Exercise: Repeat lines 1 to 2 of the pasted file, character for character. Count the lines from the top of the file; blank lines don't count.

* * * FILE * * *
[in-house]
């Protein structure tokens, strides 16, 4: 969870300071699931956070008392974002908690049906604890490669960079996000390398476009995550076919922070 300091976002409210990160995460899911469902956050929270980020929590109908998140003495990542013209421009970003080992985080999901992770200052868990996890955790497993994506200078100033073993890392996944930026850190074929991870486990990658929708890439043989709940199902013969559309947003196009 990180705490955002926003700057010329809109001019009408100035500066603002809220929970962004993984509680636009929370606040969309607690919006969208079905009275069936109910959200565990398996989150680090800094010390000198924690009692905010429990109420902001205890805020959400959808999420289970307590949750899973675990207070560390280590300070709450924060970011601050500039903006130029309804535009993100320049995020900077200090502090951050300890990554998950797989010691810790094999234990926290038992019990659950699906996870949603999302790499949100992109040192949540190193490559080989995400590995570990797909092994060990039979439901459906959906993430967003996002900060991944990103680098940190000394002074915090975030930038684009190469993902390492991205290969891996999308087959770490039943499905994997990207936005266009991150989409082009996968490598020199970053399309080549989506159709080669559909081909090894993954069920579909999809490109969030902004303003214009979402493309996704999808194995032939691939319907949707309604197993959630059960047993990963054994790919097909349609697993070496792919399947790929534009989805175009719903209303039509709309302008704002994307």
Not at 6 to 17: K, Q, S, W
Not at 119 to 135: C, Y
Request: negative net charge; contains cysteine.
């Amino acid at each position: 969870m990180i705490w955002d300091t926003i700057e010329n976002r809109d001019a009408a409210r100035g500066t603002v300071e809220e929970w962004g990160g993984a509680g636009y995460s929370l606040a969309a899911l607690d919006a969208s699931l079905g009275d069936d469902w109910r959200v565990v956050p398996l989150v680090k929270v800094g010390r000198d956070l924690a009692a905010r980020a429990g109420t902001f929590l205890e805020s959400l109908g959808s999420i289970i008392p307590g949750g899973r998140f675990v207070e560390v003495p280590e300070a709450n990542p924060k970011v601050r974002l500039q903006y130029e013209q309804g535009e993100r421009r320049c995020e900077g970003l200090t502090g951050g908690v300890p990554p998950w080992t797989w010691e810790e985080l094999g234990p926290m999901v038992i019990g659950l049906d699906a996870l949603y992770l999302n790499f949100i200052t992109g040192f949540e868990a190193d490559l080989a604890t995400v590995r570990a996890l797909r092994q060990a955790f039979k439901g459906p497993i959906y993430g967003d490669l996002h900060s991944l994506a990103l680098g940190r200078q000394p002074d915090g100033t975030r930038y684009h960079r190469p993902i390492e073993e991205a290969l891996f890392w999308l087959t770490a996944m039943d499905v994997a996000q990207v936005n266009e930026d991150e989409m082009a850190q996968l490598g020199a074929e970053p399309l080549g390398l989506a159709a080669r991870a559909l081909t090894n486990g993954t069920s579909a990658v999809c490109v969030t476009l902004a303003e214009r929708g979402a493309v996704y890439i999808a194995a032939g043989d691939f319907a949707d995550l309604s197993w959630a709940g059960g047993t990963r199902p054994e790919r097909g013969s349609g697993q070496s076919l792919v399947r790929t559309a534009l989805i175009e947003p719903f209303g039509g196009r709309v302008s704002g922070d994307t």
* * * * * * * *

[in-house]
């Protein structure tokens, strides 16, 4: 969870300071699931956070008392974002908690049906604890490669960079996000390398476009995550076919922070 300091976002409210990160995460899911469902956050929270980020929590109908998140003495990542013209421009970003080992985080999901992770200052868990996890955790497993994506200078100033073993890392996944930026850190074929991870486990990658929708890439043989709940199902013969559309947003196009 990180705490955002926003700057010329809109001019009408100035500066603002809220929970962004993984509680636009929370606040969309607690919006969208079905009275069936109910959200565990398996989150680090800094010390000198924690009692905010429990109420902001205890805020959400959808999420289970307590949750899973675990207070560390280590300070709450924060970011601050500039903006130029309804535009993100320049995020900077200090502090951050300890990554998950797989010691810790094999234990926290038992019990659950699906996870949603999302790499949100992109040192949540190193490559080989995400590995570990797909092994060990039979439901459906959906993430967003996002900060991944990103680098940190000394002074915090975030930038684009190469993902390492991205290969891996999308087959770490039943499905994997990207936005266009991150989409082009996968490598020199970053399309080549989506159709080669559909081909090894993954069920579909999809490109969030902004303003214009979402493309996704999808194995032939691939319907949707309604197993959630059960047993990963054994790919097909349609697993070496792919399947790929534009989805175009719903209303039509709309302008704002994307």